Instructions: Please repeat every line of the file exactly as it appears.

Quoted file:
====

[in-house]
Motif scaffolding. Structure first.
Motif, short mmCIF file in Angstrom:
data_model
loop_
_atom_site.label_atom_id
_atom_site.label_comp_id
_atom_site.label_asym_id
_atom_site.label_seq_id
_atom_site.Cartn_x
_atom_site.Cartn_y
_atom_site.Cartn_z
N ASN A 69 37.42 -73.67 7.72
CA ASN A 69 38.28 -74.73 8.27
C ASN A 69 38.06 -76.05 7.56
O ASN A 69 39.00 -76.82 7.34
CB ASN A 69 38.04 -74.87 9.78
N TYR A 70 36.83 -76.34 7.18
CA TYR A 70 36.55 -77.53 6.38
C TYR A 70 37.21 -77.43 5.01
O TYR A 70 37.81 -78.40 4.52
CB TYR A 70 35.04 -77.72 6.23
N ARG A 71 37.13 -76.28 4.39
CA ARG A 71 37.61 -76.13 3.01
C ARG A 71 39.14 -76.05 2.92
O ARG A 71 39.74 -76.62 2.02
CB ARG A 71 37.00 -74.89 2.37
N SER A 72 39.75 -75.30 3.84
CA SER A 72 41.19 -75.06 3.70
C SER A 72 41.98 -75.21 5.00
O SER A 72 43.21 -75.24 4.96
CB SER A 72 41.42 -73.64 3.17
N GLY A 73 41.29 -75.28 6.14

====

[in-house]
Motif scaffolding. Structure first.
Motif, short mmCIF file in Angstrom:
data_model
loop_
_atom_site.label_atom_id
_atom_site.label_comp_id
_atom_site.label_asym_id
_atom_site.label_seq_id
_atom_site.Cartn_x
_atom_site.Cartn_y
_atom_site.Cartn_z
N ASN A 69 37.42 -73.67 7.72
CA ASN A 69 38.28 -74.73 8.27
C ASN A 69 38.06 -76.05 7.56
O ASN A 69 39.00 -76.82 7.34
CB ASN A 69 38.04 -74.87 9.78
N TYR A 70 36.83 -76.34 7.18
CA TYR A 70 36.55 -77.53 6.38
C TYR A 70 37.21 -77.43 5.01
O TYR A 70 37.81 -78.40 4.52
CB TYR A 70 35.04 -77.72 6.23
N ARG A 71 37.13 -76.28 4.39
CA ARG A 71 37.61 -76.13 3.01
C ARG A 71 39.14 -76.05 2.92
O ARG A 71 39.74 -76.62 2.02
CB ARG A 71 37.00 -74.89 2.37
N SER A 72 39.75 -75.30 3.84
CA SER A 72 41.19 -75.06 3.70
C SER A 72 41.98 -75.21 5.00
O SER A 72 43.21 -75.24 4.96
CB SER A 72 41.42 -73.64 3.17
N GLY A 73 41.29 -75.28 6.14